MCPS Consultants Recommend Converting Edison High Into Full-Time School

MCPS Consultants Recommend Converting Edison High Into Full-Time School

Private firm grades school system on career readiness programs, suggests changes

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A group of education consultants has advised reinventing the Thomas Edison High School of Technology in Silver Spring as part of a broader push to prepare students for careers, not just for college. 

The recommendation to convert Edison – which teaches students skills ranging from auto body repair to graphic design – into a full-time school appeared in a 75-page report presented Tuesday to Montgomery County school board members.

Montgomery County Public Schools hired the Education Strategy Group of Chevy Chase for about $75,000 to evaluate the district’s efforts to equip students for the job market. The report also pinpointed areas for improvement.

The consultants found that MCPS’ culture of high expectations for students has overemphasized four-year university attendance and downplayed vocational training and other career readiness programs.

“We’re already in year 17 of the 21st century, but we are still operating with a 20th-century mindset, and it was focused on college,” school board member Patricia O’Neill said. “College is not a career.”

The report’s authors found that MCPS lags behind peer school districts in enrollment in career preparatory programs.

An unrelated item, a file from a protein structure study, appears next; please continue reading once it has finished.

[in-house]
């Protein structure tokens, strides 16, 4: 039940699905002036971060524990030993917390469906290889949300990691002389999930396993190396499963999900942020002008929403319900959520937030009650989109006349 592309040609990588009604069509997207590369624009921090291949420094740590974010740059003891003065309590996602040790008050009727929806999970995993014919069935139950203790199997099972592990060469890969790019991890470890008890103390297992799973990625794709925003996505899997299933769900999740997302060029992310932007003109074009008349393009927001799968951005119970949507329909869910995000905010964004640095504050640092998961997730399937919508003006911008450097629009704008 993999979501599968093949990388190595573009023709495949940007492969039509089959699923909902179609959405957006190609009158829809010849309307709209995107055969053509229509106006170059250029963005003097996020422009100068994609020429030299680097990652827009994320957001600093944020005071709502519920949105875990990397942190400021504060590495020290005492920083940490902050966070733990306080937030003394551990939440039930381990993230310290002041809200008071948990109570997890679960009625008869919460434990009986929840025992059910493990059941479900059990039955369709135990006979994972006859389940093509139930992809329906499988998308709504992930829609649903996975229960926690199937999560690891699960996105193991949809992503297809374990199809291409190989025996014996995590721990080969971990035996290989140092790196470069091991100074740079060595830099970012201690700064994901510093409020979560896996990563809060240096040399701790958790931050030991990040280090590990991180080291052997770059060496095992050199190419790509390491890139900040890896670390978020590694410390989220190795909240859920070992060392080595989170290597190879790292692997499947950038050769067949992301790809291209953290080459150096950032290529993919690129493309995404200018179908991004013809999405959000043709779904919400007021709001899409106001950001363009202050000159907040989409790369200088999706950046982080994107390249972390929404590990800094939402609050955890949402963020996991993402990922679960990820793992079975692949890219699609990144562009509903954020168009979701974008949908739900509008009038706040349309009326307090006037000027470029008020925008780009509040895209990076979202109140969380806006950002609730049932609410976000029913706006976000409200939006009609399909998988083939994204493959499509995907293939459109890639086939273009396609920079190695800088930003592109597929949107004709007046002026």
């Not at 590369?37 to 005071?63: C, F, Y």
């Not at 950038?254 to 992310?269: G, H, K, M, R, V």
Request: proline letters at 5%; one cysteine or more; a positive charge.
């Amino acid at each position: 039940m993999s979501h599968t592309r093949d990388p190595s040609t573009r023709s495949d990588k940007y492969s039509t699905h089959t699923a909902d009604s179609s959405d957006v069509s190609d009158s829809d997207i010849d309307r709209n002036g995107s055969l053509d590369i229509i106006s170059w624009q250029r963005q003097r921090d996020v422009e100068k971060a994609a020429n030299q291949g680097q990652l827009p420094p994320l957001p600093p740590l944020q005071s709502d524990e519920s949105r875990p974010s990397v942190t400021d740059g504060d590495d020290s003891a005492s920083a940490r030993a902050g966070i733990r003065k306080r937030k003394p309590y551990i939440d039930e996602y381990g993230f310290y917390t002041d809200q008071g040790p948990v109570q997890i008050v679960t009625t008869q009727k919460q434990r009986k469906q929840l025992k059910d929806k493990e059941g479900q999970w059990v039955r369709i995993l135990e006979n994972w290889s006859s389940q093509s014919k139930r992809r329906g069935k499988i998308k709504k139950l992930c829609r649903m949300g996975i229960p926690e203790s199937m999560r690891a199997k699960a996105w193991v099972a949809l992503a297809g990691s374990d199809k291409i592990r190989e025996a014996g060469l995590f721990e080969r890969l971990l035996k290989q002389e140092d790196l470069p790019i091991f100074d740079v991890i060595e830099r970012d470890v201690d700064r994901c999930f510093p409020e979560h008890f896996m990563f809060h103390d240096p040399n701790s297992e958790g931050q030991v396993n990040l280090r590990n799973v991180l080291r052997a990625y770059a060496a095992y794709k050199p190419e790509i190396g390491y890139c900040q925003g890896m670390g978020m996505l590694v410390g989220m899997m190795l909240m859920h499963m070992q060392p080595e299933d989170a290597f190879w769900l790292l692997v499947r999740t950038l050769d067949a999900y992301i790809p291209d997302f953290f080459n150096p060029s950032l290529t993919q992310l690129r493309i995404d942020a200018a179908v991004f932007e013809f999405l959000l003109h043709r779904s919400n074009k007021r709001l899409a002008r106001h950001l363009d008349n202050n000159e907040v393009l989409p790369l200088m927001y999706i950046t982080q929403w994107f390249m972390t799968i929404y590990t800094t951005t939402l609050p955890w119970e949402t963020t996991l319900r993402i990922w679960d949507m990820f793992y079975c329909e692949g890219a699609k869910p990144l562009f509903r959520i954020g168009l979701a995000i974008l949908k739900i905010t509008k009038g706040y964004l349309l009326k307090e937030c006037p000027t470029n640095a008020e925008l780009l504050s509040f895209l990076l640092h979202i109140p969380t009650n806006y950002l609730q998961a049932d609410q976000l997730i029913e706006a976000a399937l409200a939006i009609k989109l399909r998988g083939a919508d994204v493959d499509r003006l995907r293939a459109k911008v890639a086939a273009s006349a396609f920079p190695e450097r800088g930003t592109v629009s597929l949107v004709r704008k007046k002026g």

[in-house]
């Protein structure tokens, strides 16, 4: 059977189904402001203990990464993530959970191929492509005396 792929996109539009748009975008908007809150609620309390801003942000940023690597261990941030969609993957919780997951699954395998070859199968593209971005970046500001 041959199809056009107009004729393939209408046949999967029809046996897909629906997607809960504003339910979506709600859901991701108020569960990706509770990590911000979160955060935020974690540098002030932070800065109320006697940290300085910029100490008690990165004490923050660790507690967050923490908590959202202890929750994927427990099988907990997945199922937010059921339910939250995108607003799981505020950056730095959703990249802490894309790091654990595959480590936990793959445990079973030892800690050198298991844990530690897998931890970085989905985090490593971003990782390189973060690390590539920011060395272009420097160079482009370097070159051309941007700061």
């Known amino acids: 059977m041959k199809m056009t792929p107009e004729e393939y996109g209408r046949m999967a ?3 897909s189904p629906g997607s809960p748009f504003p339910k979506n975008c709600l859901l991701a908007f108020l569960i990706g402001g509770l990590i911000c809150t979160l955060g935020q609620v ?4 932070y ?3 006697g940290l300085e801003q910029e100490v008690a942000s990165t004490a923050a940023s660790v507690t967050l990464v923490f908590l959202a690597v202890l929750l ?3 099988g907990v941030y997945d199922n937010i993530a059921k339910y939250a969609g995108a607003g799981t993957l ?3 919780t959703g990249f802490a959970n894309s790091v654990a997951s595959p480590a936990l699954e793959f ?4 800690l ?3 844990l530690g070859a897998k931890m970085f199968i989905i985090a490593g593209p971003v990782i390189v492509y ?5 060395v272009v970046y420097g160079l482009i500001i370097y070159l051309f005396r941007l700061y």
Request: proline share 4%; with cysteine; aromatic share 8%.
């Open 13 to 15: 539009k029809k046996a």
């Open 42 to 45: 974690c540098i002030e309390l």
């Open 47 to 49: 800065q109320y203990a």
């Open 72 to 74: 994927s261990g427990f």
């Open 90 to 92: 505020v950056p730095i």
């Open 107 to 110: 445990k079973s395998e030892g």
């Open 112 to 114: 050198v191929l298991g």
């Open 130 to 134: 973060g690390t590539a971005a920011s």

During the 2015-2016 academic year, 29 percent of MCPS students were taking one or more career technical education courses, compared to 35 percent in Howard County and 50 percent in Baltimore County. Moreover, the number of MCPS students signed up for these classes has been falling in recent years, while other jurisdictions have seen increasing enrollment, the report stated.

The consultants suggested that school officials consider a marketing campaign to educate parents and students about career readiness opportunities and dispel the stigma around some of these programs. They noted that MCPS offers some strong career technology education, but access to these programs varies widely across the school system.

“You’ve got some great pieces in place,” consultant Kathleen Mathers said. “The challenge is in organizing those a little bit more cohesively and ensuring they are deployed more systematically.”

These programs should help students gain real-world experience in their fields of interest or earn college credit and industry-recognized credentials while they’re in high school, the consultants said.

The report offered several approaches to overhauling Edison High, such as turning it into a career academy where students could “major” in a certain skill. Under another model, MCPS officials could combine Edison with Wheaton High School, which stands next door.

School board member Rebecca Smondrowski welcomed the idea of expanding Edison High, which is attended by more than 575 students.

“It’s such an amazing, unique opportunity, and it’s so fractured. I’m so thrilled we might actually take steps to fix that up,” she said.

Erick Lang, the associate superintendent of curriculum and instructional programs, said MCPS staff in the next few weeks will form a project team to review the report and chart a path forward. Part of the recommendation might involve state legislative changes or budgetary decisions, while other changes could be executed more quickly, he said.

Lang said MCPS leaders several years ago considered combining Edison and Wheaton high schools but decided against it.  

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